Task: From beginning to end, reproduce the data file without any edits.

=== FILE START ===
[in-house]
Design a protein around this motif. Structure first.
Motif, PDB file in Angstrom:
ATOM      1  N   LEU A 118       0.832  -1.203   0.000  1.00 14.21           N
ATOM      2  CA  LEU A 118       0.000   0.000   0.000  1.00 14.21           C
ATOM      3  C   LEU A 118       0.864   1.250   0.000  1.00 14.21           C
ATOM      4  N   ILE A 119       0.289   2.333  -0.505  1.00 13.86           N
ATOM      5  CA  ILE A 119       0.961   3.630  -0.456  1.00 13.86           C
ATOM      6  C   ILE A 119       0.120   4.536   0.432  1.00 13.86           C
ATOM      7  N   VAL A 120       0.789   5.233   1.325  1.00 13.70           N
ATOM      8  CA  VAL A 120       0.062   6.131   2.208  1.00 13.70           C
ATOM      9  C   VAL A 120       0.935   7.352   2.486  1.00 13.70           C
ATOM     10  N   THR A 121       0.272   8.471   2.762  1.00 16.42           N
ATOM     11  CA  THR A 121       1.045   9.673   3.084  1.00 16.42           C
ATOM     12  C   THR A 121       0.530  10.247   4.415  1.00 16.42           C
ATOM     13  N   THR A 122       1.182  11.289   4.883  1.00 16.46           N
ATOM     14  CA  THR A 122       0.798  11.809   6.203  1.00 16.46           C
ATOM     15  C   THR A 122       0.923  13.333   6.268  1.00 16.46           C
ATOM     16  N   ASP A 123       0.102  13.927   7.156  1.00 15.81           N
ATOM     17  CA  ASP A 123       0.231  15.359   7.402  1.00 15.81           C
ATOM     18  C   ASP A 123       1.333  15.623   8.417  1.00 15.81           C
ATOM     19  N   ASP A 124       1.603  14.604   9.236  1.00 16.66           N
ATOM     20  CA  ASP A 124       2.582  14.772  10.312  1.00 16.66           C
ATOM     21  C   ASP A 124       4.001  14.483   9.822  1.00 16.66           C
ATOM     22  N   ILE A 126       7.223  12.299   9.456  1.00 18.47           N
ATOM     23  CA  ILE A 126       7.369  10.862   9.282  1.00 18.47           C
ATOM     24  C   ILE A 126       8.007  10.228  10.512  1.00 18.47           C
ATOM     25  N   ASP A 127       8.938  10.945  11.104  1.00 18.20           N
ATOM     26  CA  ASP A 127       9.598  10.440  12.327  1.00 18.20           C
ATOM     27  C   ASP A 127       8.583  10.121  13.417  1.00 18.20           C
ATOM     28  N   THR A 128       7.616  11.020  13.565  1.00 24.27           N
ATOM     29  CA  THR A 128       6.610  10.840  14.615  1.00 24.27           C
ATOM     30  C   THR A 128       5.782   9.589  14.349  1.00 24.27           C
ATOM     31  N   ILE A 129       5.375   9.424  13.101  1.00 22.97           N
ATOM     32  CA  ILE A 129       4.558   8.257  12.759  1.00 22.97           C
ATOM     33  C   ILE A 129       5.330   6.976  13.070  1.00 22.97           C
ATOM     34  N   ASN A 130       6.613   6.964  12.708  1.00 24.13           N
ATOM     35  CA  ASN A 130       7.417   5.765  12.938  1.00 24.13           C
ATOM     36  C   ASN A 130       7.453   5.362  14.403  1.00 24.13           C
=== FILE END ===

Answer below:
[in-house]
Design a protein around this motif. Structure first.
Motif, PDB file in Angstrom:
ATOM      1  N   LEU A 118       0.832  -1.203   0.000  1.00 14.21           N
ATOM      2  CA  LEU A 118       0.000   0.000   0.000  1.00 14.21           C
ATOM      3  C   LEU A 118       0.864   1.250   0.000  1.00 14.21           C
ATOM      4  N   ILE A 119       0.289   2.333  -0.505  1.00 13.86           N
ATOM      5  CA  ILE A 119       0.961   3.630  -0.456  1.00 13.86           C
ATOM      6  C   ILE A 119       0.120   4.536   0.432  1.00 13.86           C
ATOM      7  N   VAL A 120       0.789   5.233   1.325  1.00 13.70           N
ATOM      8  CA  VAL A 120       0.062   6.131   2.208  1.00 13.70           C
ATOM      9  C   VAL A 120       0.935   7.352   2.486  1.00 13.70           C
ATOM     10  N   THR A 121       0.272   8.471   2.762  1.00 16.42           N
ATOM     11  CA  THR A 121       1.045   9.673   3.084  1.00 16.42           C
ATOM     12  C   THR A 121       0.530  10.247   4.415  1.00 16.42           C
ATOM     13  N   THR A 122       1.182  11.289   4.883  1.00 16.46           N
ATOM     14  CA  THR A 122       0.798  11.809   6.203  1.00 16.46           C
ATOM     15  C   THR A 122       0.923  13.333   6.268  1.00 16.46           C
ATOM     16  N   ASP A 123       0.102  13.927   7.156  1.00 15.81           N
ATOM     17  CA  ASP A 123       0.231  15.359   7.402  1.00 15.81           C
ATOM     18  C   ASP A 123       1.333  15.623   8.417  1.00 15.81           C
ATOM     19  N   ASP A 124       1.603  14.604   9.236  1.00 16.66           N
ATOM     20  CA  ASP A 124       2.582  14.772  10.312  1.00 16.66           C
ATOM     21  C   ASP A 124       4.001  14.483   9.822  1.00 16.66           C
ATOM     22  N   ILE A 126       7.223  12.299   9.456  1.00 18.47           N
ATOM     23  CA  ILE A 126       7.369  10.862   9.282  1.00 18.47           C
ATOM     24  C   ILE A 126       8.007  10.228  10.512  1.00 18.47           C
ATOM     25  N   ASP A 127       8.938  10.945  11.104  1.00 18.20           N
ATOM     26  CA  ASP A 127       9.598  10.440  12.327  1.00 18.20           C
ATOM     27  C   ASP A 127       8.583  10.121  13.417  1.00 18.20           C
ATOM     28  N   THR A 128       7.616  11.020  13.565  1.00 24.27           N
ATOM     29  CA  THR A 128       6.610  10.840  14.615  1.00 24.27           C
ATOM     30  C   THR A 128       5.782   9.589  14.349  1.00 24.27           C
ATOM     31  N   ILE A 129       5.375   9.424  13.101  1.00 22.97           N
ATOM     32  CA  ILE A 129       4.558   8.257  12.759  1.00 22.97           C
ATOM     33  C   ILE A 129       5.330   6.976  13.070  1.00 22.97           C
ATOM     34  N   ASN A 130       6.613   6.964  12.708  1.00 24.13           N
ATOM     35  CA  ASN A 130       7.417   5.765  12.938  1.00 24.13           C
ATOM     36  C   ASN A 130       7.453   5.362  14.403  1.00 24.13           C